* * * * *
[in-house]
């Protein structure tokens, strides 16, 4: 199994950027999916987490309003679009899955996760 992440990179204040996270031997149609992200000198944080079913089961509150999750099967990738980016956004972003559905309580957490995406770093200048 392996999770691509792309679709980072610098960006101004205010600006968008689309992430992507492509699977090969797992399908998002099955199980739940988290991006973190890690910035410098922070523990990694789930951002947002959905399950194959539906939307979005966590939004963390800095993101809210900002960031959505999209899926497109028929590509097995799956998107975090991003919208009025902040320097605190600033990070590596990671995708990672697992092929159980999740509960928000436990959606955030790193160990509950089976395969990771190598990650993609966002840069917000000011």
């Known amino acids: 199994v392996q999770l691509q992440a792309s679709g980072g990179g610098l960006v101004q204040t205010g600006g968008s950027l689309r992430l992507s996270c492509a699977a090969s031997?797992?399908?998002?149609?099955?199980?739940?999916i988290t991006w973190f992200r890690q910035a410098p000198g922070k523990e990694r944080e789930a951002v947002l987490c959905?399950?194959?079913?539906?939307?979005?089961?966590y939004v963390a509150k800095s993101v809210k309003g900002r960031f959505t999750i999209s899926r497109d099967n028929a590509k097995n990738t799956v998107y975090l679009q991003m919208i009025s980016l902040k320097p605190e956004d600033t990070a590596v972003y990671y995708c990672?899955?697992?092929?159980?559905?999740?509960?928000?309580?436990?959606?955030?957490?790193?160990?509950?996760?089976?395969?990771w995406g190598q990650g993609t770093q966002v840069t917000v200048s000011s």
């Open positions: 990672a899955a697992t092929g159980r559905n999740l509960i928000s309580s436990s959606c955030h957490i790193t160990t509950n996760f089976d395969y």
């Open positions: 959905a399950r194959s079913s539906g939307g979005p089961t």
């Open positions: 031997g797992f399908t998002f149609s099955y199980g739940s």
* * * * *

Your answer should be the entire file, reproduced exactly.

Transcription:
[in-house]
């Protein structure tokens, strides 16, 4: 199994950027999916987490309003679009899955996760 992440990179204040996270031997149609992200000198944080079913089961509150999750099967990738980016956004972003559905309580957490995406770093200048 392996999770691509792309679709980072610098960006101004205010600006968008689309992430992507492509699977090969797992399908998002099955199980739940988290991006973190890690910035410098922070523990990694789930951002947002959905399950194959539906939307979005966590939004963390800095993101809210900002960031959505999209899926497109028929590509097995799956998107975090991003919208009025902040320097605190600033990070590596990671995708990672697992092929159980999740509960928000436990959606955030790193160990509950089976395969990771190598990650993609966002840069917000000011």
């Known amino acids: 199994v392996q999770l691509q992440a792309s679709g980072g990179g610098l960006v101004q204040t205010g600006g968008s950027l689309r992430l992507s996270c492509a699977a090969s031997?797992?399908?998002?149609?099955?199980?739940?999916i988290t991006w973190f992200r890690q910035a410098p000198g922070k523990e990694r944080e789930a951002v947002l987490c959905?399950?194959?079913?539906?939307?979005?089961?966590y939004v963390a509150k800095s993101v809210k309003g900002r960031f959505t999750i999209s899926r497109d099967n028929a590509k097995n990738t799956v998107y975090l679009q991003m919208i009025s980016l902040k320097p605190e956004d600033t990070a590596v972003y990671y995708c990672?899955?697992?092929?159980?559905?999740?509960?928000?309580?436990?959606?955030?957490?790193?160990?509950?996760?089976?395969?990771w995406g190598q990650g993609t770093q966002v840069t917000v200048s000011s």
């Open positions: 990672a899955a697992t092929g159980r559905n999740l509960i928000s309580s436990s959606c955030h957490i790193t160990t509950n996760f089976d395969y």
């Open positions: 959905a399950r194959s079913s539906g939307g979005p089961t």
């Open positions: 031997g797992f399908t998002f149609s099955y199980g739940s």